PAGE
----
Swimming is an exercise that benefits the whole body and it's ideal way to strengthen your muscles. Accessible to everyone, regardless of age or ability, swimming makes you feel stronger and healthier. What's more if you mix your strokes, you can target different parts of your body. Front crawl for example is great for the upper body and strengthening muscles in your back, abdomen and torso with breaststroke good for the lower limbs. Because it's low impact and supports up to 90% of the body, swimming is also ideal for injured athletes. The perfect way to keep fit and stay active.
As with all exercise, swimming releases endorphins in the brain. But there's something therapeutic about being in the water. Not only does it help you relax your body, clear your mind and reduce anxiety, it's said to reduce stress more so than any other sport. It also boosts brain health and mood plus you can do it with your mates!
As well as the obvious benefits, swimming can help keep your blood pressure low, reduce the risk of heart disease, strokes and type 2 diabetes. The humid environment can make swimming a great activity for those of you with asthma - helping breathing and lung capacity.
Swimming is one of the best ways to burn calories. A gentle 30 minute swim can burn twice as many calories as walking with a faster longer swim burning up to 500 calories per hour!
Finally, swimmers are said to be biologically younger with those heading to pool regularly helping blood pressure, cholesterol levels and cardiovascular performance along with the central nervous system.
This year marks the centenary of the end of WW1 which saw over a million service men and women lose their lives. The We Remember Them campaign, founded by Simon Wright and Deane Hitchens-Orr, was created to raise money for The Royal
The Zoggs Swim Diaries series focuses on people who are taking on a personal challenge whether it be learning to swim, working towards a specific goal or doing something extraordinary. Many of you have a story to tell and that's what we love about the Zoggs Swim Diaries.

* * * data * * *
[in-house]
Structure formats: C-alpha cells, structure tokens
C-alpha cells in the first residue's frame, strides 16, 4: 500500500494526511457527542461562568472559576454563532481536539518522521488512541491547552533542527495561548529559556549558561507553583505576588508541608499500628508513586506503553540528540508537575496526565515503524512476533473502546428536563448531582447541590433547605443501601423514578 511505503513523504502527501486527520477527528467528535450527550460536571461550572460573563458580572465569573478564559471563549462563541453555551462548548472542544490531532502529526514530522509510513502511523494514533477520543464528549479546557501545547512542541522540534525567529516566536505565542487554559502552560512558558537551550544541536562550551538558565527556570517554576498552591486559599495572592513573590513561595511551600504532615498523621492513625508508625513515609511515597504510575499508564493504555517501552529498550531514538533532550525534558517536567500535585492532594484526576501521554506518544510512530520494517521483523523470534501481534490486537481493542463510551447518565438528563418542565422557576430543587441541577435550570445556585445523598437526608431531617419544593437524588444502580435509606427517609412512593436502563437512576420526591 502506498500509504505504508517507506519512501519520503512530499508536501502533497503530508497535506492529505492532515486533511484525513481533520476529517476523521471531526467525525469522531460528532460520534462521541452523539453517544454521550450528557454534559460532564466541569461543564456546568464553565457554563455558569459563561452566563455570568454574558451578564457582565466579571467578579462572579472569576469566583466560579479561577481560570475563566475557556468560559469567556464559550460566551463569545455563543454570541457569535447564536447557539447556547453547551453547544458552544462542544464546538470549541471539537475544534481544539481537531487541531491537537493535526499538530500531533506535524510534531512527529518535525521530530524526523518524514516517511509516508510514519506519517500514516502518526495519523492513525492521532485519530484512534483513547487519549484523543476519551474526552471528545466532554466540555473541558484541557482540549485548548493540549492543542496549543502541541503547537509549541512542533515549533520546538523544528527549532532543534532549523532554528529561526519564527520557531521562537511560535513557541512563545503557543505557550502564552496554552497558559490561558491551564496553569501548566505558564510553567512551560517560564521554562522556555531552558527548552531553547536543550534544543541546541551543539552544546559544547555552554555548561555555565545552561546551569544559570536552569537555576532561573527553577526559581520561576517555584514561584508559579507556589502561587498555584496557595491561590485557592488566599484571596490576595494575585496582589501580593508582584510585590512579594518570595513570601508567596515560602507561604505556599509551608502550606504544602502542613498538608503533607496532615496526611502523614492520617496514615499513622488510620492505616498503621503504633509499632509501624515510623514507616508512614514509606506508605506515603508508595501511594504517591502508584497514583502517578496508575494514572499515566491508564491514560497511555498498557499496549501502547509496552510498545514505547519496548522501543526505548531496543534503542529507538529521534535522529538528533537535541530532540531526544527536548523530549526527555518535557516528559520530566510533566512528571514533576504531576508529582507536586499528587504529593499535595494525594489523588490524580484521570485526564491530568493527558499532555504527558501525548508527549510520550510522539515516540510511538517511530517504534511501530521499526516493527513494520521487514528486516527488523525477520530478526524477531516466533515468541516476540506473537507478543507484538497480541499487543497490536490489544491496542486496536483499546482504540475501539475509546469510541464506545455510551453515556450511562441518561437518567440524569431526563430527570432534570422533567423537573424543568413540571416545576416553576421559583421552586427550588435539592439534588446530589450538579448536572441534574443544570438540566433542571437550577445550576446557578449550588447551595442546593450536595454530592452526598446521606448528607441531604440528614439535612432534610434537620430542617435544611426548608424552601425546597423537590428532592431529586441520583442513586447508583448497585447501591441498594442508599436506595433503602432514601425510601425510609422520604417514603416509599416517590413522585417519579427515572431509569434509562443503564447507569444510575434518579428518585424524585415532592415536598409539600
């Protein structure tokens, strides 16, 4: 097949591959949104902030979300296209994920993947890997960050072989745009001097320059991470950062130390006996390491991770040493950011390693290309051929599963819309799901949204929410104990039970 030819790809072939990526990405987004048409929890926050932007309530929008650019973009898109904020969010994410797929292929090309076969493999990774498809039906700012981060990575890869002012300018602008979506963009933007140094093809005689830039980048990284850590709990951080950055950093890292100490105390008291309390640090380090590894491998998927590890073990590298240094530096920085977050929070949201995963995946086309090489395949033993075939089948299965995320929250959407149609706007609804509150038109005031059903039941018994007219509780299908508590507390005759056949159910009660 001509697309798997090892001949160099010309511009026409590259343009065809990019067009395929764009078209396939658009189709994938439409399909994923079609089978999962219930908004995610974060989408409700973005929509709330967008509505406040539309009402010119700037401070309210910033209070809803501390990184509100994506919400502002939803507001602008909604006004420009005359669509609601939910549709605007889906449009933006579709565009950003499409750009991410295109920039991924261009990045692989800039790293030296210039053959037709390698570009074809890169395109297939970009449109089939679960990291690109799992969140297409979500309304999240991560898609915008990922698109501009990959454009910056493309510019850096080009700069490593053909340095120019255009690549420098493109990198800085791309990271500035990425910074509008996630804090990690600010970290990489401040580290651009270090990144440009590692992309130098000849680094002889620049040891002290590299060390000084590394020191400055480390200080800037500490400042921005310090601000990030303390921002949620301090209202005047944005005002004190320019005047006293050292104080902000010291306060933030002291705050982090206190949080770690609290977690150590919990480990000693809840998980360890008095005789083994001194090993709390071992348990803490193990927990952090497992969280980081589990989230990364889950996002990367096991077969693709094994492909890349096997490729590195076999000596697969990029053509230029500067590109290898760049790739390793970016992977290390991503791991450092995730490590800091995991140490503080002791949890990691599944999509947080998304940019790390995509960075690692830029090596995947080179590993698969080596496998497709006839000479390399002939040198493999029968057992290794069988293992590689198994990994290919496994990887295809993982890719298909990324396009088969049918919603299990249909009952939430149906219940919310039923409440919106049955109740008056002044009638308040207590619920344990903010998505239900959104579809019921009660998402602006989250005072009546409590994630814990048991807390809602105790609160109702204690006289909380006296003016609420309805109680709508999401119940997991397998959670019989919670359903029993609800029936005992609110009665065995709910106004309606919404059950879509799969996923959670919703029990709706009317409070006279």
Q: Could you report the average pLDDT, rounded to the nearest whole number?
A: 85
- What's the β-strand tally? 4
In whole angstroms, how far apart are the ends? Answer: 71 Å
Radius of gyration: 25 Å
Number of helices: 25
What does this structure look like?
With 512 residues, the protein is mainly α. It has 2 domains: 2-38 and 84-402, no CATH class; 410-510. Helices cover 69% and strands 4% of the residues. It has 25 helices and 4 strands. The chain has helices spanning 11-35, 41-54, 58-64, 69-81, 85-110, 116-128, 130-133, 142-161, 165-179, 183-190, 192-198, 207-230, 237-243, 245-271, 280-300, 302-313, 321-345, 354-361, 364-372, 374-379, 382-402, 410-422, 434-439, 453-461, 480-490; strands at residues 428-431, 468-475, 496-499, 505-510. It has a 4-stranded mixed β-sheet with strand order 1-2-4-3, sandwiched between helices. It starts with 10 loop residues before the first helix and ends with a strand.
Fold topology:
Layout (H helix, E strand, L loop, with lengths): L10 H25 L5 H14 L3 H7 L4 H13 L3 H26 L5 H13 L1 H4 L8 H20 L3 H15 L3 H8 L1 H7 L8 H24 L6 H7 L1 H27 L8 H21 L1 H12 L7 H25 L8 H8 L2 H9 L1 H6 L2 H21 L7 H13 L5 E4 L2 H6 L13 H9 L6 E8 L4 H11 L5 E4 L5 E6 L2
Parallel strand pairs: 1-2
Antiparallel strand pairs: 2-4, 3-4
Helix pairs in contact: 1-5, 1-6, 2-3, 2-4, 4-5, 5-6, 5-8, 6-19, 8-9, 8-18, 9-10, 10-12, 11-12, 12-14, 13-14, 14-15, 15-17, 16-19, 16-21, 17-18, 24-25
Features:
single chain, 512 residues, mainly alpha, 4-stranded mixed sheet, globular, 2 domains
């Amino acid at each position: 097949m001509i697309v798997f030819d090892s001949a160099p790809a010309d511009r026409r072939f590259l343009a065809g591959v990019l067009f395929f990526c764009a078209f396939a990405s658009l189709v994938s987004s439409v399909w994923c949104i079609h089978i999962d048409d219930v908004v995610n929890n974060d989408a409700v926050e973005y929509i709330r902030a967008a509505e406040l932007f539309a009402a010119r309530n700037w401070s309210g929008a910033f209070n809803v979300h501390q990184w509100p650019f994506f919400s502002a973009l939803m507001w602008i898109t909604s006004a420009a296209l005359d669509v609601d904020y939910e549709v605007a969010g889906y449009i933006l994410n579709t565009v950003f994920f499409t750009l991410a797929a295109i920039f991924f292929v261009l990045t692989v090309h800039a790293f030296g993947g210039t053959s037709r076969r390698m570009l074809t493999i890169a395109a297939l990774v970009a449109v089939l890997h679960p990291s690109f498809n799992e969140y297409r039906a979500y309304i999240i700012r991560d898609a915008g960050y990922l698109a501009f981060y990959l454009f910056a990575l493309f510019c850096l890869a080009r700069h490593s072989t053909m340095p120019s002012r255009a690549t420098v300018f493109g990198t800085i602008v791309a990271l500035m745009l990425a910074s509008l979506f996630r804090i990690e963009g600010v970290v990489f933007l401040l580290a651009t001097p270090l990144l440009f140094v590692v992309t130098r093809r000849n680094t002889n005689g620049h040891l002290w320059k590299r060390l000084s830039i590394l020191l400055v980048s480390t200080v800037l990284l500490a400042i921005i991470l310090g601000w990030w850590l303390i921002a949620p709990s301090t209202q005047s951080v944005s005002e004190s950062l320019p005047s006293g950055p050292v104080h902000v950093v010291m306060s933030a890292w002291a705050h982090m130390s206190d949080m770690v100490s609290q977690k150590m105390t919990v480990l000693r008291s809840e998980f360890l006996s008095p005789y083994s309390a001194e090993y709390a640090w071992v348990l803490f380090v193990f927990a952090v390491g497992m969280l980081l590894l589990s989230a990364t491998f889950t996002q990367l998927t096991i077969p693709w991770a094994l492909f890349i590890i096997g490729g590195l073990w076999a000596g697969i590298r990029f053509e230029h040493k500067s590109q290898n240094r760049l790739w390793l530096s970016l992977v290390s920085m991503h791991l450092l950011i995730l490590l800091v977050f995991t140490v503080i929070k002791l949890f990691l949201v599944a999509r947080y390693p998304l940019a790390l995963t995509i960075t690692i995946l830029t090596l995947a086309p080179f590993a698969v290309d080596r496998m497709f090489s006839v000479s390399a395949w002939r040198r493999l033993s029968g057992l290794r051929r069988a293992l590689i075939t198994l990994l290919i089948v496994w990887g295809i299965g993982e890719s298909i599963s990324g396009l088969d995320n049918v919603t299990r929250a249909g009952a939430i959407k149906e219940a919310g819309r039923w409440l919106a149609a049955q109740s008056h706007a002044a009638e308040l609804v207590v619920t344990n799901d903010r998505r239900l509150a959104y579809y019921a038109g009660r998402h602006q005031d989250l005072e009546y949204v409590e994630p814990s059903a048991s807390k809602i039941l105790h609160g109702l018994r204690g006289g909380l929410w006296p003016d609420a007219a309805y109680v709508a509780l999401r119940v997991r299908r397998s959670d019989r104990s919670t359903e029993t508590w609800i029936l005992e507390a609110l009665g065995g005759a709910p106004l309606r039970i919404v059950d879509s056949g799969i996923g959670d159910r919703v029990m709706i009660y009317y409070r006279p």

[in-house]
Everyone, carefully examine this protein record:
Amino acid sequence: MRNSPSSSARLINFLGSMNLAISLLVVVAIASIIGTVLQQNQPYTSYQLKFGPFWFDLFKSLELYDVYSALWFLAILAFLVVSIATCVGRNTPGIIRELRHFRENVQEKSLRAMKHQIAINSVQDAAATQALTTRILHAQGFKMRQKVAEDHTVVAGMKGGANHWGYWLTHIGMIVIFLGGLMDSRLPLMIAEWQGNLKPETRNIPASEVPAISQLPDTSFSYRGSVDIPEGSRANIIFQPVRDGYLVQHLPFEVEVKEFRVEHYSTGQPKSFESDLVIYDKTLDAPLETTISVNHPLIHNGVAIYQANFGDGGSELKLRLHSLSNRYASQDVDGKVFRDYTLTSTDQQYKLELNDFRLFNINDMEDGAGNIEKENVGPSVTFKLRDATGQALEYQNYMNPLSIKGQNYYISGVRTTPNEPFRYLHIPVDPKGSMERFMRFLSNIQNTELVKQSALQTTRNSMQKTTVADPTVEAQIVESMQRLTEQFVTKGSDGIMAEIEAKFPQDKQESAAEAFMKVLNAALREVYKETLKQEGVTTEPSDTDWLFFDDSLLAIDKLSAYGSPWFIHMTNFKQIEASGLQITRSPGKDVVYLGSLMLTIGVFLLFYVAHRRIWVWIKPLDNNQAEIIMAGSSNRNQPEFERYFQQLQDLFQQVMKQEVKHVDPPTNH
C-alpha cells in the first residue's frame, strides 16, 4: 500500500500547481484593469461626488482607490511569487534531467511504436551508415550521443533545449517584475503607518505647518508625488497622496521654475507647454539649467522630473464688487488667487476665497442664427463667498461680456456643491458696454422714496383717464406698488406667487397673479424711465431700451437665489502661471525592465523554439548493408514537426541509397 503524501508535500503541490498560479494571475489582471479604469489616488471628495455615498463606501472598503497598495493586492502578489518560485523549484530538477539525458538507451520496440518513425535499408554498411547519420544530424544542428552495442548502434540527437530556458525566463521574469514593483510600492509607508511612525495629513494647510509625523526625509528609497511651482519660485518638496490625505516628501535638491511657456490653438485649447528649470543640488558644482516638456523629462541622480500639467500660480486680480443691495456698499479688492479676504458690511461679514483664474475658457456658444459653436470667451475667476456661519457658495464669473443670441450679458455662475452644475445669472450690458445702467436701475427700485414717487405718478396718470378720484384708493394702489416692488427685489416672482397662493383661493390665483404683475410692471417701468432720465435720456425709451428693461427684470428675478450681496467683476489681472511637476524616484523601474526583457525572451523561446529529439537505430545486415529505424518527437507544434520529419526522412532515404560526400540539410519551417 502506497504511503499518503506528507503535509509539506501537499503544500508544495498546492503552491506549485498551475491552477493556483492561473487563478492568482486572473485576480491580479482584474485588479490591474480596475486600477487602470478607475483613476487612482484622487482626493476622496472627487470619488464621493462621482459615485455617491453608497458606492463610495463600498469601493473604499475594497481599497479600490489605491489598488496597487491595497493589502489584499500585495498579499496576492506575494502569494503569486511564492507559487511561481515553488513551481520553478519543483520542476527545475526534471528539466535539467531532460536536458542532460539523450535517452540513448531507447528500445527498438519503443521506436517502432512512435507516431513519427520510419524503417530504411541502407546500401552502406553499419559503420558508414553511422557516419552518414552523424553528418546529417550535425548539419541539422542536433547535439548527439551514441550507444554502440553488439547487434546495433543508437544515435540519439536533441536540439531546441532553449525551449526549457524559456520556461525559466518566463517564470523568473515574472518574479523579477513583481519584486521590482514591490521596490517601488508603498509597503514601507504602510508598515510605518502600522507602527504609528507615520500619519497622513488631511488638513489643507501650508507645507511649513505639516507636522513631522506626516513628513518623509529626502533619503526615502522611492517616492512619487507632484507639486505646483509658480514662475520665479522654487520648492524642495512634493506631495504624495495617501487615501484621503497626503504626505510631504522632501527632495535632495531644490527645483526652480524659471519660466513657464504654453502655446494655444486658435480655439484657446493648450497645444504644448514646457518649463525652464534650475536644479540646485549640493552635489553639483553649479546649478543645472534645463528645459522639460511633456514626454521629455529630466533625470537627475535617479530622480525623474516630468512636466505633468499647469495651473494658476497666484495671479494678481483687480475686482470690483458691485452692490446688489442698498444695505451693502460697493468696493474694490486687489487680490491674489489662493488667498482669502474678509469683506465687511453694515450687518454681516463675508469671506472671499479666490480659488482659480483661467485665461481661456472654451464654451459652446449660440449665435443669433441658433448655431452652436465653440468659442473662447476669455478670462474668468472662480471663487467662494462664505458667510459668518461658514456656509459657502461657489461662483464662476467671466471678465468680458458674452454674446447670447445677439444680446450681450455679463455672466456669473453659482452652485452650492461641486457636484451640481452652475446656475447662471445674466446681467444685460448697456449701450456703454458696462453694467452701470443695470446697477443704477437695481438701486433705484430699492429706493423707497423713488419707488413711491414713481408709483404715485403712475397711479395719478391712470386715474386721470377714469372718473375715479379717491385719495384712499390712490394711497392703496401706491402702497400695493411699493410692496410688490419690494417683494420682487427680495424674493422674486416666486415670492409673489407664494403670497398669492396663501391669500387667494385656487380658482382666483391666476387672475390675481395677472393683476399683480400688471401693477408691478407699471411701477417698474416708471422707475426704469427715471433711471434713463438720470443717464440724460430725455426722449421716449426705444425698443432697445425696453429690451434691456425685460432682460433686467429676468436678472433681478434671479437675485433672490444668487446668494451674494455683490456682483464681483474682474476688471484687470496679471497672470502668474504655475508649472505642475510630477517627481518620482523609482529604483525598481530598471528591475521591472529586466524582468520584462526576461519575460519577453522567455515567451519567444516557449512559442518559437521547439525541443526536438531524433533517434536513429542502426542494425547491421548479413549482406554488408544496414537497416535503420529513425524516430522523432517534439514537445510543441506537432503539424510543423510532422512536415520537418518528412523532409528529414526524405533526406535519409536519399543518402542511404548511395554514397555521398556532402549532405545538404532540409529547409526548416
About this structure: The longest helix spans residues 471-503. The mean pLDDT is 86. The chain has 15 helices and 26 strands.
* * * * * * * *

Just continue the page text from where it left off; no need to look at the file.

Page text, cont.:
This guest post is by Natalie Ray from Plutonium Sox who is taking on the Aspire Channel Swim this year. Natalie is a family, travel and lifestyle blogger who is mum to two girls aged 4 and 6. She lives in rural Worcestershire with her husband, the girls and a dog called Bubbles. Over to Natalie...
Some of my earliest memories involve swimming. Ploughing up and down a pool to swim a mile at five years old. Waiting at galas with friends, giggling together on poolside and knowing that once we got into that water, I’d do anything to beat them. Then there were the early mornings as a teenager, training before school. Getting up in the dark and wondering most days why I was putting myself through it.
By the time I went to university, my competitive swimming days were behind me. I’d train with the university club and compete at the BUSA National Championships. But the hangover from hell kept me out of the final I’d qualified for.
Years later, a chance meeting with an old swimming friend led me to try out water polo. I was in my late 20s, too old to ever be much good at a sport I’d just started. Nonetheless, it was an enjoyable way to pass the time. It was great exercise but never felt like a chore because it was so much fun.
Ten years on, I’m still playing. Infrequently and I never did get very good at it. But it has led on to other things. Friends from the water polo team accompanied me when I swam the Solent and did triathlons. An impromptu hen-do to a polo tournamen
The London City Swim, sponsored by Zoggs, takes place on September 21st at the Royal Victoria Dock in London. The aim of the swim is to bring together hundreds of swimmers who want to make a difference by raising money for Motor Neurone Disease. The London City Swim is a partner swim to the Amsterdam city swim. The purpose of both these swims is to raise money towards researching a cure for Motor Neurone Disease. The Swim is supported by (and supports) the Motor Neurone Disease Association and the Stephen Hawking Foundation.
The Motor Neurone Disease Association is the only national charity in England, Wales and Northern Ireland focused on improving access to care, research and campaigning for those people living with or affected by MND. They're a membership organisation with 9,000 members and over 7,000 active volunteers, and 170 paid staff, dedicated to improving the lives of people affected by MND, now and in the future. One key reasons the Stephen Hawking Foundation was founded is to facilitate and support work relating to Motor Neurone Disease and those living with the disease. The Stephen Hawking Foundation was launched
Our Fishy Business Mini Jammer features a fun and colourful design to help little ones swim happier in the pool. Because these jammers are made from Elastomax fabric they're comfortable and stretchy so perfect for in and out of the pool.
Kids can make a splash in our Flora Classicback Swimsuit. With slim straps, it makes changing super easy, the high back and neckline providing added coverage and protection against the sun. Made from our super soft, quick drying and chlorine resistant Elastomax™ fabric, it lasts up to 120 pool hours.
Our Tots Fishy Business Short Sleeve Sun Top is ideal for staying safe in the sun. With added UPF 50+ this top protects both in an out of the pool allowing them to spend hours and hours (and hours!) in the water. Also made from our Elastomax fabric, kids can just get on with enjoying the water.